More data showing traditional TV viewing dropping fast

By September 24, 2015TV

It’s premiere week this week in the US when the new season of TV kicks off and the news is that in key age groups far fewer people are watching (Nielsen data from Ad Age):

  • Number of adults age 18-49 watching dropped by 8%
  • Number of adults age 18-24 watching dropped by 18%

The fact that younger viewers are dropping TV faster than older viewers suggests the decline in TV viewing will accelerate. And it doesn’t take many years of 8-18% declines before there’s nothing left.

The big beneficiaries so far are of course internet and mobile streaming services YouTube, Netflix and HBO Go (the latter is now 2015s top grossing app). That’s old news though. What’s more interesting is where the next opportunities are coming, and with changes of this magnitude to an industry the size of TV there will others.

The one we’ve been thinking about recently is video and commerce. YouTube is on an amazing run and has spawned a whole ecosystem around YouTube stars, but making money on the platform is difficult and commerce isn’t well enabled. It looks like there’s space for something better.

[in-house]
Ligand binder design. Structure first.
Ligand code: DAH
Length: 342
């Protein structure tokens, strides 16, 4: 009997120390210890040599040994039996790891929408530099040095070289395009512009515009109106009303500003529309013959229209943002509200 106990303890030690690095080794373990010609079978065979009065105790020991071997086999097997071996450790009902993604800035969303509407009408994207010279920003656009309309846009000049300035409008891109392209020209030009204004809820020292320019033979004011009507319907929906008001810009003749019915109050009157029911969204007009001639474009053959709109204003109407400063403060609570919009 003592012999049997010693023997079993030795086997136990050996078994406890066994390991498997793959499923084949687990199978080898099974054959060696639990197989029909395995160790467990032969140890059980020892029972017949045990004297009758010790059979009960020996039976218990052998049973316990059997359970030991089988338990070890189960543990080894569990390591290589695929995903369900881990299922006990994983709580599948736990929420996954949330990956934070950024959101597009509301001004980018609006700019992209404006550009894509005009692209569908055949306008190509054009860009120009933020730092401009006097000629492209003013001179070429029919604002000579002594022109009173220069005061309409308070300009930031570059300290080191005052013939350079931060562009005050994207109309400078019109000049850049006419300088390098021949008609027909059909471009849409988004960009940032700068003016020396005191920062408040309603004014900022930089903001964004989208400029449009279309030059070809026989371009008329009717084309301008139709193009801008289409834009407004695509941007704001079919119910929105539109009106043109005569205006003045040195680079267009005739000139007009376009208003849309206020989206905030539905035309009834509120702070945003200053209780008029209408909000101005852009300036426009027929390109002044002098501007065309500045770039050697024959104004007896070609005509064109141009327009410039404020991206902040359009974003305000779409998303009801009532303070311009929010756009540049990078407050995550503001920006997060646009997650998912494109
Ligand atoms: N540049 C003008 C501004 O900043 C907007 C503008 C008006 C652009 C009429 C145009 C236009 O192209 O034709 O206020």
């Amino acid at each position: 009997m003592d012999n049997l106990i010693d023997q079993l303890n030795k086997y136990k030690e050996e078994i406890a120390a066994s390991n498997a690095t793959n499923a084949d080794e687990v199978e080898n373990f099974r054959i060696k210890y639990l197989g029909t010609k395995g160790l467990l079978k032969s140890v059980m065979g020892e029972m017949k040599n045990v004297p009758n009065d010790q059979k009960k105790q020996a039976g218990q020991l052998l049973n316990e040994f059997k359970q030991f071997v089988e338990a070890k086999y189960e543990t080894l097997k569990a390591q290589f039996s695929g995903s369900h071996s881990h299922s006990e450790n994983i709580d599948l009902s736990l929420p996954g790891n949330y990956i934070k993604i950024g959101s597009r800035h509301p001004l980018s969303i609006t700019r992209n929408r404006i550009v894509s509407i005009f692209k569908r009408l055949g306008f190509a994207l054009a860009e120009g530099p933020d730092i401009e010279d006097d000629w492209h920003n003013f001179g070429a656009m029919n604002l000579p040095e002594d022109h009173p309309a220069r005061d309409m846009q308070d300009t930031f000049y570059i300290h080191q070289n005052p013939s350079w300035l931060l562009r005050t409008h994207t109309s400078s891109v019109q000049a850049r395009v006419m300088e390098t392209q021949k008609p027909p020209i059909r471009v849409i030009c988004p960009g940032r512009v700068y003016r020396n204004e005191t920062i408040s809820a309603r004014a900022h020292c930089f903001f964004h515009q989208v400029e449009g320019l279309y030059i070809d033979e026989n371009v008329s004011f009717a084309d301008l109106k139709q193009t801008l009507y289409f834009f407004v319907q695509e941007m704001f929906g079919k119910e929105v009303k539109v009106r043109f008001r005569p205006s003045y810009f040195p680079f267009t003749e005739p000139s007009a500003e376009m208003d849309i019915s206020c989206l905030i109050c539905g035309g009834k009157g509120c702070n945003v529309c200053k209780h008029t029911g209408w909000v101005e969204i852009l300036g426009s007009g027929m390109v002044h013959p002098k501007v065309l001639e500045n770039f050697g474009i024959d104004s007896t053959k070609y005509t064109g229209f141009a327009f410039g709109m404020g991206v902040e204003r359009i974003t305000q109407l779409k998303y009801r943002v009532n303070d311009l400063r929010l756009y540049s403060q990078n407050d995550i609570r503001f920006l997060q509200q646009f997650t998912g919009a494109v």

• http://www.lowpan.com Jon Smirl

    Cable companies are doing this to themselves. For example last night I painfully watched an episode on-demand that I had missed. Comcast must have cut thirty or forty ads into it. But… they only sold three or four of them. So I was forced to watch (they disabled the fast forward function) thirty-seven ads for Comcast. But they don’t have thirty-seven different ads so they played the same ads back to back sometimes three times in a row. Five to seven minutes of show, then block of ads, repeat, repeat, repeat. Believe me I walked out of the room multiple times and missed half of the show because they had disabled the rewind/fast forward functions. And I am paying for this experience – paying a lot for it. And they wonder why people are dropping cable?

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